Just a child Simon had wandered into the forest enjoying nature in just the way I did. He never came back. I took me a while to figure out why, but I did.

I could feel the roots, the snakes of vegetation entering my legs and soles as I unslung my backpack and laid it on the ground before me. Pulling out magnesium flares, an oxygen tank and tinder. The burning started close to me but grew and spread despite the rain, the light wind blowing it from tree to tree.  You should never fuck with a scientist even if you were a forest.

In the end there was no forest but in the bole at what was once the centre of the woodland stood a new tree grown from the leaf mulch, it seemed to grow through a pair of hiking boots.  


My effort was:

The Storm

On a dour and dismal morning
From the cockpit of our plane,
The clouds looked dark and heavy,
The sky was filled with rain.
We circled once, surveyed the land,
Then flew around again.

“We need to find somewhere to land,”
I said, and shed some height,
“It may be a bit bumpy,
So make sure your seat-belt’s tight.”
My mate, Jim, started panicking;
I somehow thought he might.

“I know you’ll do your best for me,”
Jim blubbered through his tears,
“We’ve been through worse than this,”
I said and tried to quell his fears,
“We’ve known each other how long, now?”
He mumbled, “Many years.”

“That’s right,” I said. I touched his hand,
And gave a gentle squeeze,
“We’ve dealt with far worse weather
And we’ve handled it with ease.”
He smiled and whispered timidly,
“Just do it once more, please.”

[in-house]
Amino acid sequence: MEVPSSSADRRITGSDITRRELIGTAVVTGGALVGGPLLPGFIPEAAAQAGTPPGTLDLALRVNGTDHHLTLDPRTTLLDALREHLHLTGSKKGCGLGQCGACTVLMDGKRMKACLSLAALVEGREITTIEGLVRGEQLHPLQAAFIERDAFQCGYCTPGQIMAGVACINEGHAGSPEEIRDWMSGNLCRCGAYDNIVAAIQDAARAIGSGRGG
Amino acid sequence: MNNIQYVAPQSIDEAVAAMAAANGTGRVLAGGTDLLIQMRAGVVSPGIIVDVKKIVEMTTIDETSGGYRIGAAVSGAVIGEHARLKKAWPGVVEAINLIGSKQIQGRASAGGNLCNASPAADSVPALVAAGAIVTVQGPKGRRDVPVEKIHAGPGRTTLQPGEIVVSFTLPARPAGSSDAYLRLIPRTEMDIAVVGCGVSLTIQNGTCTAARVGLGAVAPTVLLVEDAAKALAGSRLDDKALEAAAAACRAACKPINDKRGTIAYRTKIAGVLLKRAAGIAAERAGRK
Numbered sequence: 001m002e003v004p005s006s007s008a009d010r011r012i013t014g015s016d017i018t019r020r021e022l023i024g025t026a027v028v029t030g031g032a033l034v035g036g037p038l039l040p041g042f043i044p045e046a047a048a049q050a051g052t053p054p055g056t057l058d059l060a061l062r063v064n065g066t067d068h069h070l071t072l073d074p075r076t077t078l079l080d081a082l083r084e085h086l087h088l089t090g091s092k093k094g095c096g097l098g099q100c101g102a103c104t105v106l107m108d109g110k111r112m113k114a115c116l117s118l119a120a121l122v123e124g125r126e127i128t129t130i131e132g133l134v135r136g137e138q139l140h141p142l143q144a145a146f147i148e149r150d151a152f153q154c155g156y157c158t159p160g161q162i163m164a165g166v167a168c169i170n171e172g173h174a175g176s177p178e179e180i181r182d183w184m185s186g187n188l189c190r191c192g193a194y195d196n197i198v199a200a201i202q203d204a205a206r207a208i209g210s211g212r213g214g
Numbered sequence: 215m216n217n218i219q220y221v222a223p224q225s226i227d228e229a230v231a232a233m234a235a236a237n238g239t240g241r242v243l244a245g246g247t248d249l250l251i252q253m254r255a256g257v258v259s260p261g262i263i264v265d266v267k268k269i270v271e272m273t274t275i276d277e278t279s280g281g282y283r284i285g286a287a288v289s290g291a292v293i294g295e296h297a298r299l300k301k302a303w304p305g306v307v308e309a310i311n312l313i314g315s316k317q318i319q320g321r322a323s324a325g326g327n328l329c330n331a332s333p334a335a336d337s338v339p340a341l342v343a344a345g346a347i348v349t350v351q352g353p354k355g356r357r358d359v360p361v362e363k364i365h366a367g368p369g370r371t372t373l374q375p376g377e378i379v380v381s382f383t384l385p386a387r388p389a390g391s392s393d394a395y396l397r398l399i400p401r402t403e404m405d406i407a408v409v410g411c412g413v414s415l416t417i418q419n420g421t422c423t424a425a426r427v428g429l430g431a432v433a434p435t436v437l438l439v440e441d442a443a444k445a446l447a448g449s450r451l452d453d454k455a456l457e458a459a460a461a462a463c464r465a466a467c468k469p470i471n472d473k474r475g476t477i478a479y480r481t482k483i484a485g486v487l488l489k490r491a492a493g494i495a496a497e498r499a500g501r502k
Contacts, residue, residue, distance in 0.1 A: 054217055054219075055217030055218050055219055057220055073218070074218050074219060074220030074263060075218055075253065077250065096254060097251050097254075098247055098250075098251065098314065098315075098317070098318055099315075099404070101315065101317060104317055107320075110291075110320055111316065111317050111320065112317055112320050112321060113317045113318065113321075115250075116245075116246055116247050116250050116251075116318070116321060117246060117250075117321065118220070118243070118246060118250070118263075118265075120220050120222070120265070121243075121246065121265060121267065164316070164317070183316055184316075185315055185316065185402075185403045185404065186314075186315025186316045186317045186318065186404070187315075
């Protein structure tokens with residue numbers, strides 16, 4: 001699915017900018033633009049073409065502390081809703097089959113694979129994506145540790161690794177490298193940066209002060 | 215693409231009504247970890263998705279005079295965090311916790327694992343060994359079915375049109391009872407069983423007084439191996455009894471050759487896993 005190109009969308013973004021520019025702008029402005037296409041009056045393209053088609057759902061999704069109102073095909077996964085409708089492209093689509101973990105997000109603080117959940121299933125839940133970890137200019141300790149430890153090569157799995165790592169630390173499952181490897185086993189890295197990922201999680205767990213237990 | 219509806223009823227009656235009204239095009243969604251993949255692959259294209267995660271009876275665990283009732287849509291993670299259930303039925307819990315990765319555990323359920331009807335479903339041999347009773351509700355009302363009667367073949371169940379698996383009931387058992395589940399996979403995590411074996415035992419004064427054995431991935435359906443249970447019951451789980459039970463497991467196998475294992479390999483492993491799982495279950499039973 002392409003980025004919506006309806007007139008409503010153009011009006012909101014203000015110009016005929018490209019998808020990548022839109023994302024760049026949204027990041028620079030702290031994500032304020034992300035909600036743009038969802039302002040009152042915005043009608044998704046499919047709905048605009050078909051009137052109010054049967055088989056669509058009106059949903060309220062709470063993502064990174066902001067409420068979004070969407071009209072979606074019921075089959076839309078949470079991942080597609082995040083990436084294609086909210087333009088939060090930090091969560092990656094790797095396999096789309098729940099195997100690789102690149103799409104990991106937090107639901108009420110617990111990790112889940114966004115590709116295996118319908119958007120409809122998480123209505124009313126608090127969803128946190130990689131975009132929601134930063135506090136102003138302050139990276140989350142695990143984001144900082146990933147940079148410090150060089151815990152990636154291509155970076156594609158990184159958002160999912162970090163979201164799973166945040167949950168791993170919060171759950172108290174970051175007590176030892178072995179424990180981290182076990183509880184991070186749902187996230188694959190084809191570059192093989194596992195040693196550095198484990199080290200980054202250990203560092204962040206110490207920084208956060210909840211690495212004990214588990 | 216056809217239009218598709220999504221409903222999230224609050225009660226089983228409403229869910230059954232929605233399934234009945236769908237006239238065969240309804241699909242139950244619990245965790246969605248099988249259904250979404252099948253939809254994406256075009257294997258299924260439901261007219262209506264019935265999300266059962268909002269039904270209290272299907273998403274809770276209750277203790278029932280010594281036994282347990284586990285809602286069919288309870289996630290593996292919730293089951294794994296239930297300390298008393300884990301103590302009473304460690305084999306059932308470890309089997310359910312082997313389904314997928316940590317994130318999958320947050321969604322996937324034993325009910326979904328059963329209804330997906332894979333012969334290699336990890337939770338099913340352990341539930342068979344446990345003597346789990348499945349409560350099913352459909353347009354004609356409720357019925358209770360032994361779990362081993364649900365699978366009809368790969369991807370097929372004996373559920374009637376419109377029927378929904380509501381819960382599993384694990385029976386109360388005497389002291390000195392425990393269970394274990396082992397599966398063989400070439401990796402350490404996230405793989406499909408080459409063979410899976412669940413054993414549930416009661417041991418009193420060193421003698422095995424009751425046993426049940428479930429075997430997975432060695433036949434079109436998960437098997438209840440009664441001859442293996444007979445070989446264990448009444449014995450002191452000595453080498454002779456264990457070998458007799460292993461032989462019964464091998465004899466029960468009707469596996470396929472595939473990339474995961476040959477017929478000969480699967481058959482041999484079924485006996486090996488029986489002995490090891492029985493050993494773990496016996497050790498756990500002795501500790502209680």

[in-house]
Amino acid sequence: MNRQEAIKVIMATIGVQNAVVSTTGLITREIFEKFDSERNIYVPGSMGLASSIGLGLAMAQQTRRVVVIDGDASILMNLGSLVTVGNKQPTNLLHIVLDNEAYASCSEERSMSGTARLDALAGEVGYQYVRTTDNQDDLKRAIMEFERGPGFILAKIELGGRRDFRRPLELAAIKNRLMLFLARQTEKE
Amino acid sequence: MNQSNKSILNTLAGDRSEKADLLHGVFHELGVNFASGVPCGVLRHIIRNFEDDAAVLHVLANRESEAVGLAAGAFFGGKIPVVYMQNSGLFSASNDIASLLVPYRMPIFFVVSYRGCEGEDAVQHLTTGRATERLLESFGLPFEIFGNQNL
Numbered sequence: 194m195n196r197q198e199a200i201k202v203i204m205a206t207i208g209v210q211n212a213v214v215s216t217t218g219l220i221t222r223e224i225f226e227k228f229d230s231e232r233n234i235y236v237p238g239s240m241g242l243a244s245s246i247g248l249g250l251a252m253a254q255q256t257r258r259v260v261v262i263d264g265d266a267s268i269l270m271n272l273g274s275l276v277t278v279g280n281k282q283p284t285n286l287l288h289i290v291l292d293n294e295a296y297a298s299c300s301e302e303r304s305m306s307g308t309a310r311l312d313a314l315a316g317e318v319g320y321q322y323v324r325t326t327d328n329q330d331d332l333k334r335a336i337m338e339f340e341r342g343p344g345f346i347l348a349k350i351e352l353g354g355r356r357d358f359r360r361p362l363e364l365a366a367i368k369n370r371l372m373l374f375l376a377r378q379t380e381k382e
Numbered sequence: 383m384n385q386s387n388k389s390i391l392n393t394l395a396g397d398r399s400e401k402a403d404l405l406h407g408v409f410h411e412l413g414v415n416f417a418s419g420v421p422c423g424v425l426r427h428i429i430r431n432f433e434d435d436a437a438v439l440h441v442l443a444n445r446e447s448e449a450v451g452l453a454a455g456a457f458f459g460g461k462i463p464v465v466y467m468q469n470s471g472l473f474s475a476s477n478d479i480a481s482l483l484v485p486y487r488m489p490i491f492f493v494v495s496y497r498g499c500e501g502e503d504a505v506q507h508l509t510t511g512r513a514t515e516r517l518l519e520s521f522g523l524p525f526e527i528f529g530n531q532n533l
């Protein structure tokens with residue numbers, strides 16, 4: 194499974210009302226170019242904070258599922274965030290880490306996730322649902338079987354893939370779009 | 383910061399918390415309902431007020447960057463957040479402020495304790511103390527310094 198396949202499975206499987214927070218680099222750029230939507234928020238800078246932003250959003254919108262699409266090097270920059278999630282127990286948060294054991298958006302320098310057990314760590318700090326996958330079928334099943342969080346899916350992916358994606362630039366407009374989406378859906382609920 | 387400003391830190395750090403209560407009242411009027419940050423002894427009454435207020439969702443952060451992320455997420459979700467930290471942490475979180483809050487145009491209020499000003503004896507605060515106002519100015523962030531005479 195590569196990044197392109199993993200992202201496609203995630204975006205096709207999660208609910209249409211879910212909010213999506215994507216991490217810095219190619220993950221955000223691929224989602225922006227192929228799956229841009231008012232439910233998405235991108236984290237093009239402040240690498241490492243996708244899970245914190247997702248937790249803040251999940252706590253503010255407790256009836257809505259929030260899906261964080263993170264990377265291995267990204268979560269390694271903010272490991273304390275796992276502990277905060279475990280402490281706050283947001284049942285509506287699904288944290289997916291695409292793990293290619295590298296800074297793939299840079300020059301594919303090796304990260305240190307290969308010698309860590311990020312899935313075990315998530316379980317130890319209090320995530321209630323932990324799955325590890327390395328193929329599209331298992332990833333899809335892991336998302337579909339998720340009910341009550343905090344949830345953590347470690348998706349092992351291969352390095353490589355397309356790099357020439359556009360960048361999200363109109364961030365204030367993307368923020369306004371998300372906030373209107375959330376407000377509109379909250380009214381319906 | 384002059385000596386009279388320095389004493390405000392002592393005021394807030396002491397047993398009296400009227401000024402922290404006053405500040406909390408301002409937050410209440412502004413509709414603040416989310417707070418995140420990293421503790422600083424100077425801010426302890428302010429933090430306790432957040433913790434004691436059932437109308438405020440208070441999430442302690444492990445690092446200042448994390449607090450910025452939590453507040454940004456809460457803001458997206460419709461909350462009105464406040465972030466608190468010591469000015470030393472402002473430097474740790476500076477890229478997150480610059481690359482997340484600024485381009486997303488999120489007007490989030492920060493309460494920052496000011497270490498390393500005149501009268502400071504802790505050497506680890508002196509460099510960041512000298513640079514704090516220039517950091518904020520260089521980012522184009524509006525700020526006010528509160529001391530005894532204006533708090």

Just then a bolt of lightning
Exploded ‘cross the skies,
It’s not what I expected
And it took me by surprise.
For a moment I was blinded
As the light flashed through my eyes.

And then a clap of thunder came
As loud as it could be,
We even felt it rolling
Like a wave upon the sea.
It shook the plane so much, I fear
I had a little wee.

I thought I heard a mouse squeak
But ’twas only my friend Jim.
“Will we be able to put down?”
The question came from him.
I didn’t have the heart to say
Our chances were quite slim.

And so I took myself in hand,
And risking tempting fate,
I simply said, “No problem,
We’ve had worse than this lot, mate.”
I hope I sounded confident
Though I didn’t feel so great.

We passed over the woodland
And, keeping our eyes peeled,
Looked far into the distance
And out there, well concealed,
We saw what looked like heaven:
A tarmac landing field.

As I called up the tower
And lined up our approach,
Jim looked at me through squinting eyes
And said, with some reproach,
“Next time I’ll fly commercial
And I might even go coach!”


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Using this photo as inspiration, write a short story, flash fiction, scene, poem; anything, really; even just a caption for the photograph. Either put it (or a link to it) in a comment or email it to me at keithchanning@gmail.com before 6pm on Sunday (if you aren’t sure what the time is where I live, this link will tell you). If you post it on your own blog or site, a link to this page would be appreciated, but please do also mention it in a comment here.

Go on. You know you want to. Let your creativity and imagination soar. I shall display the entries next time.